Let's Eat, Wining & Dining


Lets’s Eat by Charles Oppman



Now that we’re in the cold weather months it is good time for a hearty country dish. Why not make a classic bean dish―cassoulet? Cassoulet is a rib-stickin’, slow-cooked bean stew or casserole originating in the south of France, containing meat (typically pork sausages, pork, goose, duck and sometimes mutton), pork skin (couennes) and white haricot beans. The dish is named after its traditional cooking vessel, the cassole, a deep, round, earthenware casserole dish. I made cassoulet the other day with northern beans. I made it in an ultra-heavy cast iron Dutch oven I found at a Salvation Army for like $5. I cooked it on the stove top, but could have baked it, which I considered doing because I was thinking about whipping up a batch of corn bread as well, the perfect quick bread for this dish. I vary the meat when I make cassoulet, but this time I used smoked sausage, bratwurst, pork spare ribs, thick-cut bacon and some pieces of pork butt and a ham bone I had in the freezer. I was also able to use the last of my home-grown thyme and rosemary.


Serves: 6



1 pound bratwurst, cut into 3” pieces

1 pound pork butt or shoulder, cut into 1” cubs

1 pound of smoked sausage, cut into 3” pieces (ham hocks can replace smoked sausage)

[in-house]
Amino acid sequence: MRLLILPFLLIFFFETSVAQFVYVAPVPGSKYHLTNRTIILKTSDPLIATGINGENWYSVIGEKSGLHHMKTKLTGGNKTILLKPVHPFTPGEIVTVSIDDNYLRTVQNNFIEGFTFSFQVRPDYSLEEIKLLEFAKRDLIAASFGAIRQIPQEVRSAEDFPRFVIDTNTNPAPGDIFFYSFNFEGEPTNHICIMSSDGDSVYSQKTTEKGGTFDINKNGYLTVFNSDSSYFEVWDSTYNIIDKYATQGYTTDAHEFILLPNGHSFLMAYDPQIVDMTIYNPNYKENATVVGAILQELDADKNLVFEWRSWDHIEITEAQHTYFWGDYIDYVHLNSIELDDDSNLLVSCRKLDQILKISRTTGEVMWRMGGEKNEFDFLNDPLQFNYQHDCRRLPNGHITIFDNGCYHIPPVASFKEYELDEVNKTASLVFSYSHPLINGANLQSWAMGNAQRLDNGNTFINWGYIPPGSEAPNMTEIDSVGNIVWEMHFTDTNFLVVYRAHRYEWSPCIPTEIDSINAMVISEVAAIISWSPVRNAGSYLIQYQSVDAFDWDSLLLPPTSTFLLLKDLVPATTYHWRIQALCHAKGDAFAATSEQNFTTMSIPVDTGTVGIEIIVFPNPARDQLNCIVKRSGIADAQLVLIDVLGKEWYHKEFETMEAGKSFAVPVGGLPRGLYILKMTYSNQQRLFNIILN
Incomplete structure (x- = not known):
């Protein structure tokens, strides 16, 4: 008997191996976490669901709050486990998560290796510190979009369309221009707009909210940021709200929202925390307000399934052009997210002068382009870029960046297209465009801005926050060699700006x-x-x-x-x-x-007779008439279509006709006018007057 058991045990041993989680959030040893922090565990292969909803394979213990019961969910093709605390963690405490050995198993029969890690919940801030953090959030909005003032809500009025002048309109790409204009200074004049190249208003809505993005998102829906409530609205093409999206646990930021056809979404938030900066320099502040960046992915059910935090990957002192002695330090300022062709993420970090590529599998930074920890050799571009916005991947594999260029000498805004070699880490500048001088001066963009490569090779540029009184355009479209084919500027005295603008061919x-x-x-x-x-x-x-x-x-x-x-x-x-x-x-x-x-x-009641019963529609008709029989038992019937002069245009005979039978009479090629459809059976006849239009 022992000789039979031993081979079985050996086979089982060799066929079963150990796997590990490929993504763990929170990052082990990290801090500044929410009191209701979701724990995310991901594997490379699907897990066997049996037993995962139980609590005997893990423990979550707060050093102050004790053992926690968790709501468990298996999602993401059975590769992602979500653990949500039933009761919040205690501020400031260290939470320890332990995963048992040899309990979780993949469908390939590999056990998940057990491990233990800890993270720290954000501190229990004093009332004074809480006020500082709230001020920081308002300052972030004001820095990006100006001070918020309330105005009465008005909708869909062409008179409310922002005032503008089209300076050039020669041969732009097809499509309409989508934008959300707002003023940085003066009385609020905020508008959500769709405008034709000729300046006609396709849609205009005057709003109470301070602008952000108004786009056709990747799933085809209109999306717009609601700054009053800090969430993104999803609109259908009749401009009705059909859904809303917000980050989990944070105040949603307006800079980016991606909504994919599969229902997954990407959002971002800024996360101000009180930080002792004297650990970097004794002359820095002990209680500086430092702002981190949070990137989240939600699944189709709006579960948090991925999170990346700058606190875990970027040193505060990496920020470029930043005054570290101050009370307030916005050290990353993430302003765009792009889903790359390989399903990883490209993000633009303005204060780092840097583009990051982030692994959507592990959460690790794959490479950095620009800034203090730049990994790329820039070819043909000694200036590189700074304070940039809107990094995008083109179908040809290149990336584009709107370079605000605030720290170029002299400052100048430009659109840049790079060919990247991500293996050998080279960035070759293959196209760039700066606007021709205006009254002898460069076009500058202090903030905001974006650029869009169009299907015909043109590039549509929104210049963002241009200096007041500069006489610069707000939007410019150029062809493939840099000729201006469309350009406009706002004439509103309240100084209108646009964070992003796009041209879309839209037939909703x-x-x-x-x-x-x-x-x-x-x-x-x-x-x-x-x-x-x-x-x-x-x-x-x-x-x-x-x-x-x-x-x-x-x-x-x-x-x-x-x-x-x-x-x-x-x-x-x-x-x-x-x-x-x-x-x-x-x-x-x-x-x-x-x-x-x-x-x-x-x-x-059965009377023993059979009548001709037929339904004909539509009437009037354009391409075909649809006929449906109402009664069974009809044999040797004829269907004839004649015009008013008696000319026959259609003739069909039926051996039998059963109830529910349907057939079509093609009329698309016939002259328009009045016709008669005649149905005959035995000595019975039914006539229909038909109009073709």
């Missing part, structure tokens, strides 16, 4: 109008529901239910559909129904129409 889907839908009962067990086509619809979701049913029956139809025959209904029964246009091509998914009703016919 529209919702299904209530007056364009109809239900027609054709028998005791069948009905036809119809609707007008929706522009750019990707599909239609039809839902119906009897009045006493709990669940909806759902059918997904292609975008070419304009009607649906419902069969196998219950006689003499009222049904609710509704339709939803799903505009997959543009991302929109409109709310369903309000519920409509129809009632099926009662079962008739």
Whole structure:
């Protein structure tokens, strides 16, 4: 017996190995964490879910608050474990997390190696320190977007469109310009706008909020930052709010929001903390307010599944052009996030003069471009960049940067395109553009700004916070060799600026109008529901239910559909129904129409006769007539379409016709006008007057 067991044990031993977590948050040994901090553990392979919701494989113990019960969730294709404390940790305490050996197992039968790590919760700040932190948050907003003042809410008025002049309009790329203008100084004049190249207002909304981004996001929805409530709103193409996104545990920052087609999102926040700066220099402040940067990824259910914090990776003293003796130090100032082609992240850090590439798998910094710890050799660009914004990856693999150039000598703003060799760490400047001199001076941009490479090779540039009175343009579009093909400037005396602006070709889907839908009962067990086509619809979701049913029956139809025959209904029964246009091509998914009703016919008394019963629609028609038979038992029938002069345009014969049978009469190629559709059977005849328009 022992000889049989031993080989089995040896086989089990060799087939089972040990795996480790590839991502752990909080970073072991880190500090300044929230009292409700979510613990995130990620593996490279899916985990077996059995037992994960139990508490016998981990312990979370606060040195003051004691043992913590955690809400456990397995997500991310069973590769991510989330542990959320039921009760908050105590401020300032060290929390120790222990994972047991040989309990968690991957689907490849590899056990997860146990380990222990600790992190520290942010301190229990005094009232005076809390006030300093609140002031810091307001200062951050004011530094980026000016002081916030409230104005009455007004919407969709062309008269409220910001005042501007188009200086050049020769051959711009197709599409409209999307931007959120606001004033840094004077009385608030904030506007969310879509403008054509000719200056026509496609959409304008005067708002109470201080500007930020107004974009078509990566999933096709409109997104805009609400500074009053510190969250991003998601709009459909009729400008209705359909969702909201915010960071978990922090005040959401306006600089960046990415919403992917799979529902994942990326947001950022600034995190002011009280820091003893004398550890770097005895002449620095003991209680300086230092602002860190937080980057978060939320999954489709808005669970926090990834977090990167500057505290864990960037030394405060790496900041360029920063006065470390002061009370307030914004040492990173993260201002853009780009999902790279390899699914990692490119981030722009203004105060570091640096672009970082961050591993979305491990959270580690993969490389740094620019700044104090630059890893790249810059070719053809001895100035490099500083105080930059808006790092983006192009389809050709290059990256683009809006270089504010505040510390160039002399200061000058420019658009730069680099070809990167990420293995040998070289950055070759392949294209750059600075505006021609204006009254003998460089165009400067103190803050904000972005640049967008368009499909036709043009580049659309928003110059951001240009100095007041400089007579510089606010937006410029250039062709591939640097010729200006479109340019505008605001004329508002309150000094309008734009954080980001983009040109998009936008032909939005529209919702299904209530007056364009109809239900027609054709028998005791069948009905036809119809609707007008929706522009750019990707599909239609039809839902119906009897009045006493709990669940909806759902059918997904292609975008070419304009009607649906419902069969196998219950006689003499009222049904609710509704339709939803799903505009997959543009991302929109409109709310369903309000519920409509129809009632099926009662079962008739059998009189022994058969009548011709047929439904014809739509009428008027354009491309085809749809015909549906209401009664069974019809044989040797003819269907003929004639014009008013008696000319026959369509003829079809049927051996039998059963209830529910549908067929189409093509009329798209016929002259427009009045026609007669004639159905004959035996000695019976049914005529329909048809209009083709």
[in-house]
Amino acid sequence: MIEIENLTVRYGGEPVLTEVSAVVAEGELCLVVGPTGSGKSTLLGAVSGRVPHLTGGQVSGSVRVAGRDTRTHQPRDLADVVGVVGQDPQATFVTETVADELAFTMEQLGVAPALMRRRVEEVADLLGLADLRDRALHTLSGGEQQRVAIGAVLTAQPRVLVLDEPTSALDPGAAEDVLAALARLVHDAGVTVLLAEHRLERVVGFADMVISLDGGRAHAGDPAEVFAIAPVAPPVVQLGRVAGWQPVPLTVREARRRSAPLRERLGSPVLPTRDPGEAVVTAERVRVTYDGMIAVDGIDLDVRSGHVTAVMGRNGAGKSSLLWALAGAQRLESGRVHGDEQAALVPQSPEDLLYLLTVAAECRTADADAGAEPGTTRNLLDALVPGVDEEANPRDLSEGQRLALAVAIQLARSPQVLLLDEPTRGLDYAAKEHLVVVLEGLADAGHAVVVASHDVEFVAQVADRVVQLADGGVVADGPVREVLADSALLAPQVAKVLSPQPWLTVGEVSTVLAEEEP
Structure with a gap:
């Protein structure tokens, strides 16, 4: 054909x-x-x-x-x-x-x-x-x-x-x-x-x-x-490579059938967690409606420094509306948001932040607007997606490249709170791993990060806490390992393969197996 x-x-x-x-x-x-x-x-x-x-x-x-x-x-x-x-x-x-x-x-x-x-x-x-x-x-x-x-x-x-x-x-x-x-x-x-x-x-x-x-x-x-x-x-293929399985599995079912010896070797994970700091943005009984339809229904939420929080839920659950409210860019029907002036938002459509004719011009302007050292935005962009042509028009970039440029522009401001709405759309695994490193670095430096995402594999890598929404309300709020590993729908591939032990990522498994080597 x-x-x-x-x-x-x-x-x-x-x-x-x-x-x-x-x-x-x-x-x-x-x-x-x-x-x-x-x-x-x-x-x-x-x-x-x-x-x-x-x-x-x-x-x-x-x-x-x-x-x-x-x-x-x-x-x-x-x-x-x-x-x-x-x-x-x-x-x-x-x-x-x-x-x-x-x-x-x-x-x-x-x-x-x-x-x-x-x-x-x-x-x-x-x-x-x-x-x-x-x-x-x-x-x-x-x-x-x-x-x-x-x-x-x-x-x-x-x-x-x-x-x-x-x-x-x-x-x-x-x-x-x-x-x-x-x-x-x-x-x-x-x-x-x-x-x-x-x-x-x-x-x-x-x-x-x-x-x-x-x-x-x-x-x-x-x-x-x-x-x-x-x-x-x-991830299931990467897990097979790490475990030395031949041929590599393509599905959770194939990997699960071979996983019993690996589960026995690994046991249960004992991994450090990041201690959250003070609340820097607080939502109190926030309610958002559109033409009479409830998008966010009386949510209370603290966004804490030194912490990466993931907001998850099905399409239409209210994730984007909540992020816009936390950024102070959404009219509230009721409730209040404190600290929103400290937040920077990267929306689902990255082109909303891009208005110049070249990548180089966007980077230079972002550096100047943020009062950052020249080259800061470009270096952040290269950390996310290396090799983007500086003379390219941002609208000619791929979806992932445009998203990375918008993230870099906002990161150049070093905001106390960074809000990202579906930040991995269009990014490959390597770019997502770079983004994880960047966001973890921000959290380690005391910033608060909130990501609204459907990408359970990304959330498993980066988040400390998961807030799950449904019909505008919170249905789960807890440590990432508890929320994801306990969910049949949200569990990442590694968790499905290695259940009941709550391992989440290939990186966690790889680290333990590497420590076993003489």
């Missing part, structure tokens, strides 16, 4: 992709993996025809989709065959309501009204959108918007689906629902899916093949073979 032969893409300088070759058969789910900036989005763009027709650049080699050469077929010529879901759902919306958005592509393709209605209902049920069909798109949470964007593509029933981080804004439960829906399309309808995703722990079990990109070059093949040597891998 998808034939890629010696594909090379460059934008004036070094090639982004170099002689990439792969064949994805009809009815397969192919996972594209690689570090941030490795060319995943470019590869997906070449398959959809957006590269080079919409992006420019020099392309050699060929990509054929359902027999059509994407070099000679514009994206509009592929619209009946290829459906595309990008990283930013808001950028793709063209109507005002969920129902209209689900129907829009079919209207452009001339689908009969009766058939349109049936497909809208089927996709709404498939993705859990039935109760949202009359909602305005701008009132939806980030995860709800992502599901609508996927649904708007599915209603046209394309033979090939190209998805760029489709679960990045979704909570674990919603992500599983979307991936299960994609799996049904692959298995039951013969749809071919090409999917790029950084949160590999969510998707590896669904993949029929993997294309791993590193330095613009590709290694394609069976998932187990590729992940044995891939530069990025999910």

4 slices bacon, cut into 1” pieces

1 pound duck breast halves (optional)

1 whole onion, diced

4 cloves of fresh garlic, minced

3 sprigs fresh thyme

2 sprigs fresh rosemary

1 cup coarsely chopped curly parsley

1 pound dry navy or northern beans, soaked for 3 hours

3 bay leaves, large

1 cup celery, diced (optional)

1 (or more) quart chicken broth, canned is fine. (Please do not use bouillon cubes.)



  1. In a large skillet sauté the bacon to render the out fat. Then brown the pork pieces, sausages and duck breast over medium heat.
  2. In a large slow cooker or heavy Dutch oven place soaked and drained beans, duck, sausage, bacon, onion, fresh herbs, bay leaf, parsley, onion, celery and garlic. Add enough stock to cover the ingredients. Tie together thyme and rosemary, to be retrieved later.
  3. Bring to boil then turn down to simmer with lid on.
  4. Add stock as the beans absorb it to keep the dish from drying out. Cassoulet should have plenty of liquid when it’s done. Keep covered and cook until beans are tender, about 2 hours in a Dutch oven. In a slow cooker maybe longer depending on the temperature setting.
  5. Serve with cornbread or a good baguette. Condiments should be Dijon mustard and hot sauce. A good wine to have with this dish would be a Gewürztraminer or Riesling or a semi-dry white. Even a slightly chilled Pinot Noir would work.


If you don’t have time to cook and this recipe made you hungry, you might want to check out the Cassoulet at Bastille Brasserie & Bar and River Bend Bistro & Wine Bar – both are delicious. (See their ads in this issue for contact information.

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